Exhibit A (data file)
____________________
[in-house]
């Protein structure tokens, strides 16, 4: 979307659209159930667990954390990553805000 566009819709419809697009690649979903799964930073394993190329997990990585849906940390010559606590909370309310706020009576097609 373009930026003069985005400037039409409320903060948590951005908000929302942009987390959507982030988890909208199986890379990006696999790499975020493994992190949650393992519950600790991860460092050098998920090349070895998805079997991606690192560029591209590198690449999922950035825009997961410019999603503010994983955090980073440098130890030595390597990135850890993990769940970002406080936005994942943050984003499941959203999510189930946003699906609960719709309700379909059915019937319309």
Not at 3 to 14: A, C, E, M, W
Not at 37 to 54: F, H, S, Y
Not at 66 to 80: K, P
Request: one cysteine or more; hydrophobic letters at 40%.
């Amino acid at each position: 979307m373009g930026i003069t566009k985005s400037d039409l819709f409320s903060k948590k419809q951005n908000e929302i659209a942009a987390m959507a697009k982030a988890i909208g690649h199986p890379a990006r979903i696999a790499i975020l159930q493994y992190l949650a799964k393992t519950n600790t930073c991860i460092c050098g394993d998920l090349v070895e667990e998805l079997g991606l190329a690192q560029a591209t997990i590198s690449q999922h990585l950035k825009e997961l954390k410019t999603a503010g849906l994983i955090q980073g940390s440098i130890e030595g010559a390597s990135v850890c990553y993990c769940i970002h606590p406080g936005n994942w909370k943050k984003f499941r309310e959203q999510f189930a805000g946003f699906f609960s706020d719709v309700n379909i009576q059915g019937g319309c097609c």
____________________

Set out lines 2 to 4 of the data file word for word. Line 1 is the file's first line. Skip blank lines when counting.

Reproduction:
């Protein structure tokens, strides 16, 4: 979307659209159930667990954390990553805000 566009819709419809697009690649979903799964930073394993190329997990990585849906940390010559606590909370309310706020009576097609 373009930026003069985005400037039409409320903060948590951005908000929302942009987390959507982030988890909208199986890379990006696999790499975020493994992190949650393992519950600790991860460092050098998920090349070895998805079997991606690192560029591209590198690449999922950035825009997961410019999603503010994983955090980073440098130890030595390597990135850890993990769940970002406080936005994942943050984003499941959203999510189930946003699906609960719709309700379909059915019937319309």
Not at 3 to 14: A, C, E, M, W
Not at 37 to 54: F, H, S, Y